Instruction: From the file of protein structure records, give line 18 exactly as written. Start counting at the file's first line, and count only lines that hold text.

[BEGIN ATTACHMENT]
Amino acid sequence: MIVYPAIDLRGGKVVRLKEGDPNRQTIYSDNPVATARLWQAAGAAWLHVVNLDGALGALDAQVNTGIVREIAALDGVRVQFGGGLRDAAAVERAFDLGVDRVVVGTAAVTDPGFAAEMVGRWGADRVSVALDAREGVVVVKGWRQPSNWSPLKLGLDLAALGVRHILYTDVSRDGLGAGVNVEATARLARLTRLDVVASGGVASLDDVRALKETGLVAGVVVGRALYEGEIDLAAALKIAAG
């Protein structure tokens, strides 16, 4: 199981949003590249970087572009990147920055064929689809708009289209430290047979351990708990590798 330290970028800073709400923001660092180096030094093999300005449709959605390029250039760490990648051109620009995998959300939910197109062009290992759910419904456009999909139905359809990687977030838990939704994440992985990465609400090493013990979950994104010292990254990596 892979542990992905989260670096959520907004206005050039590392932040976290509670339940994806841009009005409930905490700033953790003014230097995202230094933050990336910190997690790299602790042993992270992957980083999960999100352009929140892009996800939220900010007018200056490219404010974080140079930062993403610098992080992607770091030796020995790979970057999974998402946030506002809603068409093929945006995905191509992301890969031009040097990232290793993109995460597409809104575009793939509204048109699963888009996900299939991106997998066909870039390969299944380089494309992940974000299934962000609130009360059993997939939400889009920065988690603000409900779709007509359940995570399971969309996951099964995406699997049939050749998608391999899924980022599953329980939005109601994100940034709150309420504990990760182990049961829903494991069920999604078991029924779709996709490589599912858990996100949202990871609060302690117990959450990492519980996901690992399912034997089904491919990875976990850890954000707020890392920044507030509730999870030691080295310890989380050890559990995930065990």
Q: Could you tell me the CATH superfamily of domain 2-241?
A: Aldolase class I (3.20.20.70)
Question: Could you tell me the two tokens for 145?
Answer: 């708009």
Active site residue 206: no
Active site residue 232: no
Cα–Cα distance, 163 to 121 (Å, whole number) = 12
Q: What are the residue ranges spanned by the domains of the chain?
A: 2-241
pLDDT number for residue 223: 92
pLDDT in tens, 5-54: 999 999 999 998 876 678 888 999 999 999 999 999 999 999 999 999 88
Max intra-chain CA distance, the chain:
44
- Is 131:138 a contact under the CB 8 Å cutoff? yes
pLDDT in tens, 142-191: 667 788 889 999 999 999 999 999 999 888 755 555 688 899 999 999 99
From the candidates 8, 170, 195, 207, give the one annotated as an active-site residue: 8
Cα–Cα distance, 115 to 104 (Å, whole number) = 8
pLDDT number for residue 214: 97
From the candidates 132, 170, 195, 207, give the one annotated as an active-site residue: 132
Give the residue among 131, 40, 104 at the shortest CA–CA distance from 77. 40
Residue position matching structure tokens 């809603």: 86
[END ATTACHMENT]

From the candidates 8, 170, 195, 207, give the one annotated as an active-site residue: 8